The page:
The other thing I'd like to see is someone actually developing a Martian greenhouse design. However you make it, you'll want the greenhouse to be light, portable, and easy to setup. My current thoughts are that a transparent, inflatable tarp would do the trick. We'd first need to know what the minimum pressure is that the plants require before we design the tarp. Hopefully, they can survive in pressures similar to Mars's surface. That knowledge could then be used to develop a greenhouse that works like this:

1. The tarp would be planted into the ground. Depending on the pressure required, it could either be nailed in with stakes (how primitive, but effective) or a stiff ring could be buried into the ground, thus creating an airtight seal.

2. CO2 could then be pumped from the surrounding atomosphere into the greenhouse. Depending on the plant, a certain amount of oxygen may need to be initially pumped in.

3. The pump system should move air in and out of the tarp area. Oxygen would be separated out, and replacement CO2 would be pumped from outside.

So far, so good. But then what about solar energy? Does enough energy reach Mars' surface to support these plants? Does artifical lighting need to be added? (I guess that's why they went with potatos. Little to no light necessary.)

Re:Just add water (1)

hydroxy (863799) | more than 9 years ago | (#12826046)

Dont forget about the sand storms, freezing to boiling temps and such that the green house would have to withstand

Re:Just add water (2, Interesting)

FleaPlus (6935) | more than 9 years ago | (#12826142)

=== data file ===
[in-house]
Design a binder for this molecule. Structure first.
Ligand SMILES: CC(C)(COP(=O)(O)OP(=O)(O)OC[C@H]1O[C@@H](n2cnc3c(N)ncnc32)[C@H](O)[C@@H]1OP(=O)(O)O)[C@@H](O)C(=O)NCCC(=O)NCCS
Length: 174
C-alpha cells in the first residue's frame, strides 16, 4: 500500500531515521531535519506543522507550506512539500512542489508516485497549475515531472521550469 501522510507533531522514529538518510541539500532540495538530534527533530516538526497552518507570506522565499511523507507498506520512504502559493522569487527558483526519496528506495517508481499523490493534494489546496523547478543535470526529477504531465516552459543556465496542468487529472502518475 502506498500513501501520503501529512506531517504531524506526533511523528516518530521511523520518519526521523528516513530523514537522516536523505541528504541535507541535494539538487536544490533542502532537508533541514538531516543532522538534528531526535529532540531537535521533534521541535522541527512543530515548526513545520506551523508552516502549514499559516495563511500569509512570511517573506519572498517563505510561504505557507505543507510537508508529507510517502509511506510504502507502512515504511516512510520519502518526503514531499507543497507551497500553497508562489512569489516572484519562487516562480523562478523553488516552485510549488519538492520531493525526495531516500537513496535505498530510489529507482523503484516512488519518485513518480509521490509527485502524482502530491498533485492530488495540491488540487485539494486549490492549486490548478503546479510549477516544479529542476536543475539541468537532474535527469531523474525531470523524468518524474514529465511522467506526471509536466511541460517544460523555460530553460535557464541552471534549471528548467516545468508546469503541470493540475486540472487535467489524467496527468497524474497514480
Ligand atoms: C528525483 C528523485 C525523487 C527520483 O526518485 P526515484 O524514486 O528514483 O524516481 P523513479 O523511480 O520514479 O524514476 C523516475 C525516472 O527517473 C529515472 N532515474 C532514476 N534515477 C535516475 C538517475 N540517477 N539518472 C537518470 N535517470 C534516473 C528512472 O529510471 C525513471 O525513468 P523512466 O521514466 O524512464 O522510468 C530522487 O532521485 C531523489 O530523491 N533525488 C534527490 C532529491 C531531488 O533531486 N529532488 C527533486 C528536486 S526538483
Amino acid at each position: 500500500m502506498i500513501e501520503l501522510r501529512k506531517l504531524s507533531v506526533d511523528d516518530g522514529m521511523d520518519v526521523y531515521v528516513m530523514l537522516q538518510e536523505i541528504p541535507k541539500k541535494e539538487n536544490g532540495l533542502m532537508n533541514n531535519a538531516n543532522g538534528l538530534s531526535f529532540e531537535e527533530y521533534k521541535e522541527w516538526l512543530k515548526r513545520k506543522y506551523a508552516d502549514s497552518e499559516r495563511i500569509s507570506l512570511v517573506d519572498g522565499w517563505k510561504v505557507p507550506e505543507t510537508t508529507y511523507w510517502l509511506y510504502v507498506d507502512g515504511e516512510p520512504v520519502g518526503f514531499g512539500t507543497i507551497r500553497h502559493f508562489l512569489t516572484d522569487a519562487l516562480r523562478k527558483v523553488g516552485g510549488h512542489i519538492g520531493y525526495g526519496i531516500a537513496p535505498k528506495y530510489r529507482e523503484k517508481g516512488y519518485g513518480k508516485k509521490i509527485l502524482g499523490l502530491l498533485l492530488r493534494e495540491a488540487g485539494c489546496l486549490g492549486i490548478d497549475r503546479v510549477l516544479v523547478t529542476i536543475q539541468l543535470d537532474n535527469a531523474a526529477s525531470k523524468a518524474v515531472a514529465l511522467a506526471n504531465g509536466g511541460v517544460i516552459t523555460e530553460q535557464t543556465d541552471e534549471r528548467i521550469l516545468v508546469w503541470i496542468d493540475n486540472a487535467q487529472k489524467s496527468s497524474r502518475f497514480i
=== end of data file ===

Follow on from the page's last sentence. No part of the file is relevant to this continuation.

The other thing I'd like to see is someone actually developing a Martian greenhouse design.

I've commented about this in the past, but here's a quote from the Wikipedia article on Elon Musk [wikipedia.org] :

In 2001, Musk had plans for a "Mars Oasis" project [spaceref.com] , which would land a miniature experimental greenhouse on Mars, containing food crops growing on Martian regolith. He put this project on hold when he discovered that launch costs would dwarf the mission development and construction costs for the project, and decided to work on lowering launch costs by founding SpaceX.

If I recall correctly, he actually hired a team of engineers and scientists to do a feasibility study, and I'm betting they put together at least some preliminary designs. Hopefully we'll see him return to this project once he gets launch costs lowered some.

Re:Just add water (3, Interesting)

Rei (128717) | more than 9 years ago | (#12826148)

Mars's pressure is little higher than a vacuum. NASA has been doing experiments to get plants to grow in the sparsest atmosphere possible [nasa.gov] . Currently, if the pressure gets too low, plants think that there's a drought even if they're given plenty of water and kept at 100% humidity.

As for light, Mars gets half the sunlight we do on Earth; plenty of plants on Earth grow in partial shade.

"Midichlorian stew again?" (3, Funny)

Junior J. Junior III (192702) | more than 9 years ago | (#12825852)

"I HATE midichlorian stew!"

"Shut up and eat, kid. You want to grow up to be big and strong like your father, don't you?"

Re:"Midichlorian stew again?" (2, Funny)

jellomizer (103300) | more than 9 years ago | (#12826017)

You know the real Sith would just use some anti-biodics on the Jedi to take away their powers.

Re:"Midichlorian stew again?" (1)

vbrtrmn (62760) | more than 9 years ago | (#12826107)

They tried, the antibiotics were over perscribed for minor matters like viruses, so they didn't work.

Re:"Midichlorian stew again?" (1)

Enigma_Man (756516) | more than 9 years ago | (#12826109)

antibiotics

avacados (0, Redundant)

udderly (890305) | more than 9 years ago | (#12825856)

What? No avacados? What's the point of good to space if you can't have an avacado while you're there.